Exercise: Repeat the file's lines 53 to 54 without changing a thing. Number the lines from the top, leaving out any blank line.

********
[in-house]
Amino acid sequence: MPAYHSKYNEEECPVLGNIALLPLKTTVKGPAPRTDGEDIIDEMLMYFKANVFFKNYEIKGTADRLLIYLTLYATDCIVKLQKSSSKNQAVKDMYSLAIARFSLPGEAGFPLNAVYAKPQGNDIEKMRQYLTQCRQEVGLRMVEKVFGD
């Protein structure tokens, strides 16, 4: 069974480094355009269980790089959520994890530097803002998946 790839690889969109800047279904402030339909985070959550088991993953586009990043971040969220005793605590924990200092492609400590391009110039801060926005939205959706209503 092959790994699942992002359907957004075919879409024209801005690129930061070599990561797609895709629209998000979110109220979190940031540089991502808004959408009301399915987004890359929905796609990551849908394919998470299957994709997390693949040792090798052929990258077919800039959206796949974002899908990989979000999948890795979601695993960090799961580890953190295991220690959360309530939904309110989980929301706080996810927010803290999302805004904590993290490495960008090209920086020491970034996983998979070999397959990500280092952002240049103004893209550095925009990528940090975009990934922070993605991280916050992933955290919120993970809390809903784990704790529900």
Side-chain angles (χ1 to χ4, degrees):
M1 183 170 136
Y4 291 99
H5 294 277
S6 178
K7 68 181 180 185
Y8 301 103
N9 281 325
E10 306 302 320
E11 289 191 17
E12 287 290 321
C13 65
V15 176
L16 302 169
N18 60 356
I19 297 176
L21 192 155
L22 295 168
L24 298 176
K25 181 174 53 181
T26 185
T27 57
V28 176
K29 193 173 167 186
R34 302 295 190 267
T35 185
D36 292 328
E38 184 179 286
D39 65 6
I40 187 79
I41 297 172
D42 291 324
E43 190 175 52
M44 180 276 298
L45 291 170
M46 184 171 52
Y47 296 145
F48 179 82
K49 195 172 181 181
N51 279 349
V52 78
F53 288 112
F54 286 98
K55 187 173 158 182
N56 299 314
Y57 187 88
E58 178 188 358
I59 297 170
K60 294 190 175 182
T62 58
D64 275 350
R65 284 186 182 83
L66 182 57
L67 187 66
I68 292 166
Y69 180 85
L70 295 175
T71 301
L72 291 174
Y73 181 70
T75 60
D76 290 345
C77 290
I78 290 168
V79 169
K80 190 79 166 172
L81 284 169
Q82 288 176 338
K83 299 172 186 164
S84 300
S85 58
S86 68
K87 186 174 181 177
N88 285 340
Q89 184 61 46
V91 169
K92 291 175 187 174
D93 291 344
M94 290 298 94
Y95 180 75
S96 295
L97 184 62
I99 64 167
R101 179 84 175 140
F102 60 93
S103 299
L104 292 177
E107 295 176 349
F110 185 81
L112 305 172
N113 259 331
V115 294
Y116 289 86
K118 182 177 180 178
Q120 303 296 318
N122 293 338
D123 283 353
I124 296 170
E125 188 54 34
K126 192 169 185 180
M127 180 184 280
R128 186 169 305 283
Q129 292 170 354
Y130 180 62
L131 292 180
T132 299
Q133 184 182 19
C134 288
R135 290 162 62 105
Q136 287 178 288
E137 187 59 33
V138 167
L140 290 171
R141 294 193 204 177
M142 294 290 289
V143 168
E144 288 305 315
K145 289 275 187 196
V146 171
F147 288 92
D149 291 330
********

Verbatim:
T62 58
D64 275 350